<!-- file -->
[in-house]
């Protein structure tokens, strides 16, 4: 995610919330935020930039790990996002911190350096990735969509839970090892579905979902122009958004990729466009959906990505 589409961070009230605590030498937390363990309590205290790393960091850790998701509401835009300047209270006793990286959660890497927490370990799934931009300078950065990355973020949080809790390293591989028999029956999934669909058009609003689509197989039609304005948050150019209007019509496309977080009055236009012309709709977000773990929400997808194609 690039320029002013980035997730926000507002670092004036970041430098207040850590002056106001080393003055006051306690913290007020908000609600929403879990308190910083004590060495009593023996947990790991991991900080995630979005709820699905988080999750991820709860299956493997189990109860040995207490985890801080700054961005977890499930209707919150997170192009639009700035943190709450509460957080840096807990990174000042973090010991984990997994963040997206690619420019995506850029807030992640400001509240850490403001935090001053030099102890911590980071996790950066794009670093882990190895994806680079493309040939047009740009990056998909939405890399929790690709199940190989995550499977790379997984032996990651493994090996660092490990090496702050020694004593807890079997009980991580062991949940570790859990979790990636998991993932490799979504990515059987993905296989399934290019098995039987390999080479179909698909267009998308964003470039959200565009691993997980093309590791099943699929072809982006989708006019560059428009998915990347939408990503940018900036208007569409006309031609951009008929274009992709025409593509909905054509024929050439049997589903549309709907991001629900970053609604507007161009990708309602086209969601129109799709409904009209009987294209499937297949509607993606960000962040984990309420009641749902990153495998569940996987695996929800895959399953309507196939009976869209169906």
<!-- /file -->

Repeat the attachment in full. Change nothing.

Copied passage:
[in-house]
């Protein structure tokens, strides 16, 4: 995610919330935020930039790990996002911190350096990735969509839970090892579905979902122009958004990729466009959906990505 589409961070009230605590030498937390363990309590205290790393960091850790998701509401835009300047209270006793990286959660890497927490370990799934931009300078950065990355973020949080809790390293591989028999029956999934669909058009609003689509197989039609304005948050150019209007019509496309977080009055236009012309709709977000773990929400997808194609 690039320029002013980035997730926000507002670092004036970041430098207040850590002056106001080393003055006051306690913290007020908000609600929403879990308190910083004590060495009593023996947990790991991991900080995630979005709820699905988080999750991820709860299956493997189990109860040995207490985890801080700054961005977890499930209707919150997170192009639009700035943190709450509460957080840096807990990174000042973090010991984990997994963040997206690619420019995506850029807030992640400001509240850490403001935090001053030099102890911590980071996790950066794009670093882990190895994806680079493309040939047009740009990056998909939405890399929790690709199940190989995550499977790379997984032996990651493994090996660092490990090496702050020694004593807890079997009980991580062991949940570790859990979790990636998991993932490799979504990515059987993905296989399934290019098995039987390999080479179909698909267009998308964003470039959200565009691993997980093309590791099943699929072809982006989708006019560059428009998915990347939408990503940018900036208007569409006309031609951009008929274009992709025409593509909905054509024929050439049997589903549309709907991001629900970053609604507007161009990708309602086209969601129109799709409904009209009987294209499937297949509607993606960000962040984990309420009641749902990153495998569940996987695996929800895959399953309507196939009976869209169906």